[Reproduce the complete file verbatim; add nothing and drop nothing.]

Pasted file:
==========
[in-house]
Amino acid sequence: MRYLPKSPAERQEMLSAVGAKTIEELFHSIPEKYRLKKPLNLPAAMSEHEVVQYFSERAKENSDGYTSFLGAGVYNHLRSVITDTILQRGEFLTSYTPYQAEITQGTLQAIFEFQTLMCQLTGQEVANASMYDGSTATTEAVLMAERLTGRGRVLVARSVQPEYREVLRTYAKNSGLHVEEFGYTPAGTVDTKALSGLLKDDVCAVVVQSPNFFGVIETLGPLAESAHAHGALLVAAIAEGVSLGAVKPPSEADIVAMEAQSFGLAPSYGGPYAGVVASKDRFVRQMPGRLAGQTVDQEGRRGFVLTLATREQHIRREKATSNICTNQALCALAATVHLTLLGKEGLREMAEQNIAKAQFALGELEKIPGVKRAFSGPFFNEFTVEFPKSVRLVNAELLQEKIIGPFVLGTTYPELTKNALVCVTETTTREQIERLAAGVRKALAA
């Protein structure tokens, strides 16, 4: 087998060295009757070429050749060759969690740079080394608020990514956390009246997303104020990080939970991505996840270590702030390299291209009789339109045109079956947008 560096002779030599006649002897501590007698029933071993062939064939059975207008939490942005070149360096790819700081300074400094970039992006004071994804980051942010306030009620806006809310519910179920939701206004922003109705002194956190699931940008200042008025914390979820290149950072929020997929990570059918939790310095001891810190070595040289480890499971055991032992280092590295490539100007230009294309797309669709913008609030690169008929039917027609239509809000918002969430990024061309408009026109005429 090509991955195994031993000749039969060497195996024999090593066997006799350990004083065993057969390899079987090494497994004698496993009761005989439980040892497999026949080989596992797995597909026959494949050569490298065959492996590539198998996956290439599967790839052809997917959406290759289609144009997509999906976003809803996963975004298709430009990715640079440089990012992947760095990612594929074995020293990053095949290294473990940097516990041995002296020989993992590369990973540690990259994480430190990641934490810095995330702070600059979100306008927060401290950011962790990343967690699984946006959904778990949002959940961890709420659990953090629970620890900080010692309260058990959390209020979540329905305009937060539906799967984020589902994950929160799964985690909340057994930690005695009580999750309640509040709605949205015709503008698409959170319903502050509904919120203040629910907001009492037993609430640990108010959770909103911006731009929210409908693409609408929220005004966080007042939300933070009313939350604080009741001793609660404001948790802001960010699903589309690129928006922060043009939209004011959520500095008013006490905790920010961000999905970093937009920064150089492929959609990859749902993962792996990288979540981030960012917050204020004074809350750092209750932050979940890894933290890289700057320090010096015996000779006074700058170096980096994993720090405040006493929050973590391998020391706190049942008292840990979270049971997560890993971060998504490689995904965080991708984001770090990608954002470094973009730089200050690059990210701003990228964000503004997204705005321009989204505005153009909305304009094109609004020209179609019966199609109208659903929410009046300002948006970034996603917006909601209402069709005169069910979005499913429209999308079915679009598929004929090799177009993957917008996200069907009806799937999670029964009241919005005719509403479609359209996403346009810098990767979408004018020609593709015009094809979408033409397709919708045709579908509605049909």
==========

[in-house]
Amino acid sequence: MRYLPKSPAERQEMLSAVGAKTIEELFHSIPEKYRLKKPLNLPAAMSEHEVVQYFSERAKENSDGYTSFLGAGVYNHLRSVITDTILQRGEFLTSYTPYQAEITQGTLQAIFEFQTLMCQLTGQEVANASMYDGSTATTEAVLMAERLTGRGRVLVARSVQPEYREVLRTYAKNSGLHVEEFGYTPAGTVDTKALSGLLKDDVCAVVVQSPNFFGVIETLGPLAESAHAHGALLVAAIAEGVSLGAVKPPSEADIVAMEAQSFGLAPSYGGPYAGVVASKDRFVRQMPGRLAGQTVDQEGRRGFVLTLATREQHIRREKATSNICTNQALCALAATVHLTLLGKEGLREMAEQNIAKAQFALGELEKIPGVKRAFSGPFFNEFTVEFPKSVRLVNAELLQEKIIGPFVLGTTYPELTKNALVCVTETTTREQIERLAAGVRKALAA
């Protein structure tokens, strides 16, 4: 087998060295009757070429050749060759969690740079080394608020990514956390009246997303104020990080939970991505996840270590702030390299291209009789339109045109079956947008 560096002779030599006649002897501590007698029933071993062939064939059975207008939490942005070149360096790819700081300074400094970039992006004071994804980051942010306030009620806006809310519910179920939701206004922003109705002194956190699931940008200042008025914390979820290149950072929020997929990570059918939790310095001891810190070595040289480890499971055991032992280092590295490539100007230009294309797309669709913008609030690169008929039917027609239509809000918002969430990024061309408009026109005429 090509991955195994031993000749039969060497195996024999090593066997006799350990004083065993057969390899079987090494497994004698496993009761005989439980040892497999026949080989596992797995597909026959494949050569490298065959492996590539198998996956290439599967790839052809997917959406290759289609144009997509999906976003809803996963975004298709430009990715640079440089990012992947760095990612594929074995020293990053095949290294473990940097516990041995002296020989993992590369990973540690990259994480430190990641934490810095995330702070600059979100306008927060401290950011962790990343967690699984946006959904778990949002959940961890709420659990953090629970620890900080010692309260058990959390209020979540329905305009937060539906799967984020589902994950929160799964985690909340057994930690005695009580999750309640509040709605949205015709503008698409959170319903502050509904919120203040629910907001009492037993609430640990108010959770909103911006731009929210409908693409609408929220005004966080007042939300933070009313939350604080009741001793609660404001948790802001960010699903589309690129928006922060043009939209004011959520500095008013006490905790920010961000999905970093937009920064150089492929959609990859749902993962792996990288979540981030960012917050204020004074809350750092209750932050979940890894933290890289700057320090010096015996000779006074700058170096980096994993720090405040006493929050973590391998020391706190049942008292840990979270049971997560890993971060998504490689995904965080991708984001770090990608954002470094973009730089200050690059990210701003990228964000503004997204705005321009989204505005153009909305304009094109609004020209179609019966199609109208659903929410009046300002948006970034996603917006909601209402069709005169069910979005499913429209999308079915679009598929004929090799177009993957917008996200069907009806799937999670029964009241919005005719509403479609359209996403346009810098990767979408004018020609593709015009094809979408033409397709919708045709579908509605049909």